Dear Raila, this AU job is really a poisoned chalice

Monday March 04 2024
Raila Odinga

Veteran opposition leader and former prime minister Raila Odinga speaks to the media in Nairobi, Kenya as he formally declared his interest in the African Union Commission chairmanship on February 15, 2024. PHOTO | NMG


Raila Odinga has expressed interest in becoming the next AU Commission chairperson. Though Odinga has failed to capture the presidency several times, he has been the single-most influential and transformative Kenyan politician of the past four decades.

He was at the forefront of the struggle for the “Second Liberation” from Kanu dictatorship. This democratic activism earned him several stints in detention. His support for Mwai Kibaki in 2002 ensured the triumph of the opposition. He was a key architect of, and campaigner for, the 2010 Constitution. He has championed devolution and gender equality.

As a self-declared social democrat, he advocates social protection measures to cushion the poor. He criticises the “Big Man” megalomania and self-aggrandisement that underpin Africa’s failed or failing development project. This political outlook has made him a friend to many opposition politicians across Africa.

In summary, Raila’s politics and ideology have been one with Africa’s struggle to free itself from oppression by a corrupt and self-serving political oligarchy.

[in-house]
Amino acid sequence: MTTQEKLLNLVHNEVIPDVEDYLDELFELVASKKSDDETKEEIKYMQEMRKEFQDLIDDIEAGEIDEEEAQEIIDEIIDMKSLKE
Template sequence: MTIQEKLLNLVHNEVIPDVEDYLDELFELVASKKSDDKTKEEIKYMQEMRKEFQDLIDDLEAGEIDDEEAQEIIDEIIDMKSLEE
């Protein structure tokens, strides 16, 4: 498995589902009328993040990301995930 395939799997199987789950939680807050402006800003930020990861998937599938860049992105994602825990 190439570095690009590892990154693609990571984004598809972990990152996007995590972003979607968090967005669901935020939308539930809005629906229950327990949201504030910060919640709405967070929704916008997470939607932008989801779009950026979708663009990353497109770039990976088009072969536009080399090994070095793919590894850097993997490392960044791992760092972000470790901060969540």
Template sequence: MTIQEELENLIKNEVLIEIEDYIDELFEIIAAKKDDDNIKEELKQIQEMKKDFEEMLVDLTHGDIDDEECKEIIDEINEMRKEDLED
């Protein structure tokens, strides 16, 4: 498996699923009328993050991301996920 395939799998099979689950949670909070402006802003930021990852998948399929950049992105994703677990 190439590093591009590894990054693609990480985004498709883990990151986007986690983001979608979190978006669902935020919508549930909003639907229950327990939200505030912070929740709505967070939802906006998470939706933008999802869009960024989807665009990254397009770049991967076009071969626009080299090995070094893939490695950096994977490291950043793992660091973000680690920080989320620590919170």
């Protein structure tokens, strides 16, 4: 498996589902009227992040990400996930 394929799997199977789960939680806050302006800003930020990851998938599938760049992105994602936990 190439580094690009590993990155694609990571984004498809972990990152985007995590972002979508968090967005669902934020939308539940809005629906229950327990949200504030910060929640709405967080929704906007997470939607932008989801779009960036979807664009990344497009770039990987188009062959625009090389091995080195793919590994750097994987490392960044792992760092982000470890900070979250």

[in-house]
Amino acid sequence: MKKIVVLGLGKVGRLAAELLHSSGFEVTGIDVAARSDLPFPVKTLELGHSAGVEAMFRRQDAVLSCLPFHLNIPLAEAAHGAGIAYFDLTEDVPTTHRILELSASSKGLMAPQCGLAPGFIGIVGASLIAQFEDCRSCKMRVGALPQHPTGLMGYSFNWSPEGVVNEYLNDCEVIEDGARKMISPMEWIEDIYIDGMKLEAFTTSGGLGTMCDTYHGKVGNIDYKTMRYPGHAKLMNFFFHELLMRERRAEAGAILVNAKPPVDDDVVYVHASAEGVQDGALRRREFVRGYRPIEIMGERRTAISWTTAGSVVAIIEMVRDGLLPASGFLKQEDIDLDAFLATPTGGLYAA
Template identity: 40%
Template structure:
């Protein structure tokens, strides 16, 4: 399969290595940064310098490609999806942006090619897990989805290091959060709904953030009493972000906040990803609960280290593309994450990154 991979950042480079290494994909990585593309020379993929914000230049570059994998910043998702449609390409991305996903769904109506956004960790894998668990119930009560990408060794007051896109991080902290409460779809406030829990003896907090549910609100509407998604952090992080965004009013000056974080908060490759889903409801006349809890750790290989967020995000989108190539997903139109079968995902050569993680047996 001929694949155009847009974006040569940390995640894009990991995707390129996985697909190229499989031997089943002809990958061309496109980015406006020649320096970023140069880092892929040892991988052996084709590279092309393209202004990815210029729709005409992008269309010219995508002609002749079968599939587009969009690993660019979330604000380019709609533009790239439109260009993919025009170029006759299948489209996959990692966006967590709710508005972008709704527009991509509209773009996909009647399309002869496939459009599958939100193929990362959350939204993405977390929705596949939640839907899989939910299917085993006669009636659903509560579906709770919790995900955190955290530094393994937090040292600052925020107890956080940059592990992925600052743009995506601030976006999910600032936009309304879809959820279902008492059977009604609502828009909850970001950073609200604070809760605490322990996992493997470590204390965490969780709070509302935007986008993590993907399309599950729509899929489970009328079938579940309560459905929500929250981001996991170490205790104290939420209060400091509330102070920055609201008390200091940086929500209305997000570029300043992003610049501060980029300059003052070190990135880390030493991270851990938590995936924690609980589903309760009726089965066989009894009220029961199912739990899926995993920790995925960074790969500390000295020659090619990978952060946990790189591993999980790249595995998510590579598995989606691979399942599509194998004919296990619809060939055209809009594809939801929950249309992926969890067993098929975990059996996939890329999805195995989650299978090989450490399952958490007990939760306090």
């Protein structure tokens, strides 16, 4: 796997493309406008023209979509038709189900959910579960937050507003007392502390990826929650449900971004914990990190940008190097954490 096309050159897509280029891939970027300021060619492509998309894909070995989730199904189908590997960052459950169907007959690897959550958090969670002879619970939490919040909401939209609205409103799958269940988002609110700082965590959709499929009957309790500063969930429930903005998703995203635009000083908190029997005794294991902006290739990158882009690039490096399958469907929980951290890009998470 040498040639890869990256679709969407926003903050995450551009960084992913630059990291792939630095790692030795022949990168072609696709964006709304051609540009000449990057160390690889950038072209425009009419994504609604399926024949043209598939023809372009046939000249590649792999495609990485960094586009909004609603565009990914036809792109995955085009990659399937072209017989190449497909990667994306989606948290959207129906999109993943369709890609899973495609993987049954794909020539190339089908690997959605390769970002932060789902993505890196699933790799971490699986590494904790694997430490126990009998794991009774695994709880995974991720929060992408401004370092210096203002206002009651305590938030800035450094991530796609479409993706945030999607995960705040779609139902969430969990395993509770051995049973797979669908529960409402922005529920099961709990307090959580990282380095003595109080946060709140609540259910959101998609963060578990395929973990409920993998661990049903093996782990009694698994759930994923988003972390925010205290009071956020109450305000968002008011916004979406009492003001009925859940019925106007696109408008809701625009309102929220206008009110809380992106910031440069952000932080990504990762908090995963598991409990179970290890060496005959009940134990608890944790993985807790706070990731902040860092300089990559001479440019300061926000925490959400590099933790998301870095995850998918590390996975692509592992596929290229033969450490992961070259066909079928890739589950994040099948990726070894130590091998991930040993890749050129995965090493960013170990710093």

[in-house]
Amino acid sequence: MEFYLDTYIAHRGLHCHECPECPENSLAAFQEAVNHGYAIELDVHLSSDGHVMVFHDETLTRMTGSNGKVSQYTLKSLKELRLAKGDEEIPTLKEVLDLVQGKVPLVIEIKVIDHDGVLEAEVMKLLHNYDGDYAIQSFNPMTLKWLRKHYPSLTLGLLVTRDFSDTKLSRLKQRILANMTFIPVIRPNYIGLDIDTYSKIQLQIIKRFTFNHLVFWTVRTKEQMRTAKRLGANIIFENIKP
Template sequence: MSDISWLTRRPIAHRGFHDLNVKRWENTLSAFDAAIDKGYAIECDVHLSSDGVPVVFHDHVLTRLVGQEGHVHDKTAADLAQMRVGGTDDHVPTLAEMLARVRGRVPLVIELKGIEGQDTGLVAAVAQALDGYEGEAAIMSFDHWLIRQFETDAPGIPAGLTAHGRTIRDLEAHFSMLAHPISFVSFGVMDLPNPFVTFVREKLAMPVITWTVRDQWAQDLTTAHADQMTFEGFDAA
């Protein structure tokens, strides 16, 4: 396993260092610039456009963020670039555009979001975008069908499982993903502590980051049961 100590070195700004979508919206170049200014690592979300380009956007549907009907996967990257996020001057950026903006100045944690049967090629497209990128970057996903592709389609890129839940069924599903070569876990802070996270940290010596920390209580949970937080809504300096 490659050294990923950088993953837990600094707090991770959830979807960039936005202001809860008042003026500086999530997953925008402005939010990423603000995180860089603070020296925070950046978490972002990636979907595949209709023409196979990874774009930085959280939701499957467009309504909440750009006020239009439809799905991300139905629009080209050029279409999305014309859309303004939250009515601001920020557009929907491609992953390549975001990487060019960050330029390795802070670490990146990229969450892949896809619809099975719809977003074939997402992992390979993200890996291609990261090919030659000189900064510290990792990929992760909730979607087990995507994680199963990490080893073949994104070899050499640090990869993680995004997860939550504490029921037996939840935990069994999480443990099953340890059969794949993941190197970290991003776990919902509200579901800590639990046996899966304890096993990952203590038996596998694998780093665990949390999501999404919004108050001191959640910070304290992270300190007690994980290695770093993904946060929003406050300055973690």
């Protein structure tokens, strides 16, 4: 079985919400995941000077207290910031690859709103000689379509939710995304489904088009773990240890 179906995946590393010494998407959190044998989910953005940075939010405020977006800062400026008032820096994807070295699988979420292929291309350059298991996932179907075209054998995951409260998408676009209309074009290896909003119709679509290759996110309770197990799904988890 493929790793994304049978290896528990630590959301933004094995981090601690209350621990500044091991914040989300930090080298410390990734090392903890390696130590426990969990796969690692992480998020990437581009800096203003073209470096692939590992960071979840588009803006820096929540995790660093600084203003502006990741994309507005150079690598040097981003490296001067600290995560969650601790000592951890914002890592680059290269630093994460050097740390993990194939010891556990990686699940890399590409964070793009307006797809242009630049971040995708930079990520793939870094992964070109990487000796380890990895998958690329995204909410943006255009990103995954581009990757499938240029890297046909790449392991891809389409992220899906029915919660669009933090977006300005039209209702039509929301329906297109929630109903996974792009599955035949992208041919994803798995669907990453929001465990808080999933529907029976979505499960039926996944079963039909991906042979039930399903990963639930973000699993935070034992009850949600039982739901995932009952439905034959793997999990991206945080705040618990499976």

Therefore, becoming AU Commission chairperson presents a damning contradiction. The AU, as argued in last week’s column, is a bureaucratic organisation designed to keep an economic and political stranglehold on Africa by the ruling oligarchies.

Before Museveni became a part of the oppressive oligarchy, he memorably described the Organisation of African Unity, AU’s predecessor, as “the trade union of dictators.”


The AU might have added a few organs: Pan-African Parliament, Peace and Security Council, African Commission on Human and Peoples Rights, African Court of Justice, Economic Council, etc.

But these have to be some the most useless organs ever created by a human society. What, pray tell, does the Pan-African Parliament do that makes our lives meaningful? Is the Peace and Security Council domiciled in Africa? If it were, it would have noticed the rebellions, coups, Jihadist and ethnic violence, etc, rocking much of Africa.

Where was the Human Rights Commission when Nigerian and Kenyan police maimed and killed tens of people while enforcing Covid-19 measures? Where were they when Uganda police killed 40 unarmed people in one day? If the African Court of Justice were dismantled today, would anyone notice? And what measures has the Economic Council proposed to stop and punish the personalisation of public resources by African presidents?

The African public cannot tell the difference between the tenures of various AU Commission chairpersons. All of them trotted out the same redundant nationalist and pan-African rhetoric.

They were all spin doctors for the ruling African oligarchies. They saw no shameful contradiction between criticising US police brutality while defending African human rights abusers. They were spokesmen for the “trade union of dictators,” not any different from the sycophantic OAU secretaries-general.

As AUC chairperson, Raila will have to praise and defend people whose politics are anathema to what he has stood for all his life. The recent picture of Raila, Ruto and Museveni was eloquent on what his role will be.

Tee Ngugi is a Nairobi-based political commentator